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What Is Tartar?

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Medically Reviewed By Colgate Global Scientific Communications

Do you think you might have tartar? Don't worry! The good thing is that you can be proactive in taking care of it. But first, what is tartar? Tartar, sometimes called calculus, is plaque that has hardened on your teeth. When plaque isn't removed regularly by brushing and flossing, it can harden and become tartar.

As you read on, we'll go into more detail about what tartar is, how to know if you have it, how to prevent it, and how it is removed. We'll also look into what happens if it isn't removed. By the end, you'll be a tartar expert!

What is Tartar?

Tartar, as we discussed, is a hardened plaque. It forms at, underneath, and above the gumline and can irritate gum tissues. Because tartar on teeth gives plaque more surface area to grow on and a much stickier surface to adhere to, it can lead to cavities and gum disease. When tartar collects above the gumline, the tissue can become swollen and may bleed easily. (This is gingivitis).

Tartar can also be a cosmetic problem since it is quite porous and it absorbs stains easily. So if you are a coffee or tea drinker or smoke, it is even more imperative to prevent tartar buildup.

How do I Know if I Have Tartar Buildup?

Unlike plaque, a colorless film of bacteria, tartar is a mineral buildup that's fairly easy to see if it's above the gumline. The most common sign of tartar is a yellow or brown color on the teeth or gums. The only way to detect tartar — and to remove it — is to see your dentist or dental hygienist.

How can I Prevent Tartar Buildup?

Proper brushing, especially with a tartar control toothpaste, and flossing are essential in reducing plaque and tartar buildup. So is visiting the dentist regularly.

Once tartar has formed, only your dentist or dental hygienist can remove it. The process for removing tartar is called scaling. During a scaling, the dentist or dental hygienist uses special instruments (those sharp tools you see when visiting the dentist) to remove tartar from your teeth above and below the gumline. The key is that they make sure to clean all the way down to the bottom of the tooth pocket.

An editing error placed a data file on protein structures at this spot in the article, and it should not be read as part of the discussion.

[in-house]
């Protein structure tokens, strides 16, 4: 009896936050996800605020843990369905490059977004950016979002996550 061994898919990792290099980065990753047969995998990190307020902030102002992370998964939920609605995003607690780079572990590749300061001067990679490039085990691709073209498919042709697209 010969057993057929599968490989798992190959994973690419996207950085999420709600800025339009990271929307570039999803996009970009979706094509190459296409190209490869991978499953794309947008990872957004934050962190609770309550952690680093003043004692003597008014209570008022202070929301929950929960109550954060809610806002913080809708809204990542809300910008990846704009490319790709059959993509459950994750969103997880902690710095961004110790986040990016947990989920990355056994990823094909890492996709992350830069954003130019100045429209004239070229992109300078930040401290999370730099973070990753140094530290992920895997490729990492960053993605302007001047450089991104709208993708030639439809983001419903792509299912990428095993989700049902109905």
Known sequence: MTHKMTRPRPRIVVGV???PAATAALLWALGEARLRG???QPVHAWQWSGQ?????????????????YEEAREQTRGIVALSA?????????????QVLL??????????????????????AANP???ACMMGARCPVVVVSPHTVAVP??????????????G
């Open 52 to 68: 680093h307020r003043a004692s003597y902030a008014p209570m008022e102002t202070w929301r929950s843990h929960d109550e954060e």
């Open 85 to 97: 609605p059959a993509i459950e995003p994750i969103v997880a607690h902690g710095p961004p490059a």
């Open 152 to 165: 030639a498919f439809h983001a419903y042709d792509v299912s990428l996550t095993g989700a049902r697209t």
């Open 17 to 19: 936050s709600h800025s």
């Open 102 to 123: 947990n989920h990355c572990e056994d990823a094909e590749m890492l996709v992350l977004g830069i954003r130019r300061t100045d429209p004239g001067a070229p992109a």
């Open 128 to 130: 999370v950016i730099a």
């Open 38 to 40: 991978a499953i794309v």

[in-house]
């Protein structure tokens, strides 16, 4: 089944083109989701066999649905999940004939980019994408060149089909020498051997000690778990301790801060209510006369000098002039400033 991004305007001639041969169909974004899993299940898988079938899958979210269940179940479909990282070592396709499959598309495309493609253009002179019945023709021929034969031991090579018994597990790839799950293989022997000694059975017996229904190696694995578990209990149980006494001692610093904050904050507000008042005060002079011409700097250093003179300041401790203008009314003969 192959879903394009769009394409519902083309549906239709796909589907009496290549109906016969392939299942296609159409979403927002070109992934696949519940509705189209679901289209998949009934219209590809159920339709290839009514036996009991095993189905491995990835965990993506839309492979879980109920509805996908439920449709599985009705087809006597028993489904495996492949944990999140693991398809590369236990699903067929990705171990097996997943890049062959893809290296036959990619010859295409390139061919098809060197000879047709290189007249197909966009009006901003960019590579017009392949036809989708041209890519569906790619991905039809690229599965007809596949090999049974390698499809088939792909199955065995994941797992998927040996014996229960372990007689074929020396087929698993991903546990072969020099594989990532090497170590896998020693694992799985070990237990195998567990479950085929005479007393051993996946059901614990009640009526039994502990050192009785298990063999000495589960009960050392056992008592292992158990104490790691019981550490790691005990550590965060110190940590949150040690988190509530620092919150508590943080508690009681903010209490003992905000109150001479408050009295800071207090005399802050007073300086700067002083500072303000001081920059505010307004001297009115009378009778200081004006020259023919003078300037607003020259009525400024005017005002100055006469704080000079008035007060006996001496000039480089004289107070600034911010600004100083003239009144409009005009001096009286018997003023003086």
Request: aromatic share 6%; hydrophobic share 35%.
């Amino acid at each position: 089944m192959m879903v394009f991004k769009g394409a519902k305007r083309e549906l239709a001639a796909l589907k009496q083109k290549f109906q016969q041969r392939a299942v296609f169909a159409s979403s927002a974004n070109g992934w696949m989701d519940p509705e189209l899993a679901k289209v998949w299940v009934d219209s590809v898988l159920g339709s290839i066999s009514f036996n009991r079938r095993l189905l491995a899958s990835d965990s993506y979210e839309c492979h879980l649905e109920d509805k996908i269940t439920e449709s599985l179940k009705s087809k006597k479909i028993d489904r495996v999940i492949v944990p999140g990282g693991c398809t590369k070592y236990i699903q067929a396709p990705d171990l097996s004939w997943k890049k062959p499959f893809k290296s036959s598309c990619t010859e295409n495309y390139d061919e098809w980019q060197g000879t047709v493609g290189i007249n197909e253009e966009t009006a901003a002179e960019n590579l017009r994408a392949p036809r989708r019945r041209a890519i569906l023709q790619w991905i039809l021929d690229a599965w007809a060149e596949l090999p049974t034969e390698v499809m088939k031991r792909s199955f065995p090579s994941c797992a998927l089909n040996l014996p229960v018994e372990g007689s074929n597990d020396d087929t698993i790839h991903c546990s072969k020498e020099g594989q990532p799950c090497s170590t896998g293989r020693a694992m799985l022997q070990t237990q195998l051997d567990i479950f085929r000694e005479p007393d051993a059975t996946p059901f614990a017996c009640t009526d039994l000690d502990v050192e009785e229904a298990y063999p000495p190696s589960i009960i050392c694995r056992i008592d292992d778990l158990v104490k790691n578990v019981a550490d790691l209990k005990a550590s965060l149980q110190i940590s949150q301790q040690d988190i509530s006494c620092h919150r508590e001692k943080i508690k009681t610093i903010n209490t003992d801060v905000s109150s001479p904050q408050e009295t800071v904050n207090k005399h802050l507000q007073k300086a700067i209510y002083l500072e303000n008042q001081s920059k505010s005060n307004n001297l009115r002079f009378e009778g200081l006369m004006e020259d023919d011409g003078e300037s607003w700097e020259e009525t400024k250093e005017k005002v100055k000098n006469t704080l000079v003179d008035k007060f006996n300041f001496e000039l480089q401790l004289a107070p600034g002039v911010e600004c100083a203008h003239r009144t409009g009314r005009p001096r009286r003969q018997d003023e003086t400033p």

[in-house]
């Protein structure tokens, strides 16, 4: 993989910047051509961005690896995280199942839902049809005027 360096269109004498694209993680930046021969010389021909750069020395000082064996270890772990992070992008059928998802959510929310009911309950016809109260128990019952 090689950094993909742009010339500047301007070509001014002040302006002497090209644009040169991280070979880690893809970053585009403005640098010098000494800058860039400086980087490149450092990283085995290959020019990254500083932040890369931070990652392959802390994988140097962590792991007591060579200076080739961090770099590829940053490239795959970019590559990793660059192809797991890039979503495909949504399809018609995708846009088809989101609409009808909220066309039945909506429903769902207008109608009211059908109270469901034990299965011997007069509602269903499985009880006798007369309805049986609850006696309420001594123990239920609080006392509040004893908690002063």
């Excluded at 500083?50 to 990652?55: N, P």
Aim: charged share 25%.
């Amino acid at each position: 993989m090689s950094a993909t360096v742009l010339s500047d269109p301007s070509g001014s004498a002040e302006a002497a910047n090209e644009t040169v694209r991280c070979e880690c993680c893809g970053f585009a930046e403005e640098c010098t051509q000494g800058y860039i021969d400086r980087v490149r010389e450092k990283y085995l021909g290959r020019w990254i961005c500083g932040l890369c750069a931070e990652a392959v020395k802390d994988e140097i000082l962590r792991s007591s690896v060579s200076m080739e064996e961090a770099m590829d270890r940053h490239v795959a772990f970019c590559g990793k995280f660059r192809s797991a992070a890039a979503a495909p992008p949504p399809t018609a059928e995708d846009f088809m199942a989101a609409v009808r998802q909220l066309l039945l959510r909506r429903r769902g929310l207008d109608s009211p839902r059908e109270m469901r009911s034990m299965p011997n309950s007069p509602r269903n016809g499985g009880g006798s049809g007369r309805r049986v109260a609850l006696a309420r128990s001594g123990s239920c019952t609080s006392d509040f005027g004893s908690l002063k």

If it's been a while since you've had a dental visit and tartar has built up, debridement is also an option. Debridement is a procedure that removes thick or dense deposits from the tooth. Local anesthesia is applied during debridement, and then the tooth is scaled with either a hand instrument or ultrasonic scaler. It involves the use of water and high-frequency vibrations to dislodge the tartar build-up from your teeth.

If tartar is not removed, your oral health is at risk. Tartar damages gum tissue and can cause gums to bleed and pull away from the teeth. Thus, it can become an advanced form of gum disease (aka periodontitis). As periodontitis spreads, it can damage deeper gum tissue and eventually spread to areas of the jawbone, causing teeth to become loose and fall out.

Now you know the 411 on tartar. Tartar comes from plaque that's not be removed by the regular care of your teeth. And, as we discussed, it takes a professional to remove it. Removing it is essential in the prevention of gum disease. Remember to keep up with your oral hygiene as it's the best thing you can do to prevent tartar buildup. If you see a yellow or brown color on the teeth or gums, check-in with your dentist as soon as you can. Taking care of tartar is essential in maintaining your oral health and beautiful smile.


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This article is intended to promote understanding of and knowledge about general oral health topics. It is not intended to be a substitute for professional advice, diagnosis or treatment. Always seek the advice of your dentist or other qualified healthcare provider with any questions you may have regarding a medical condition or treatment.

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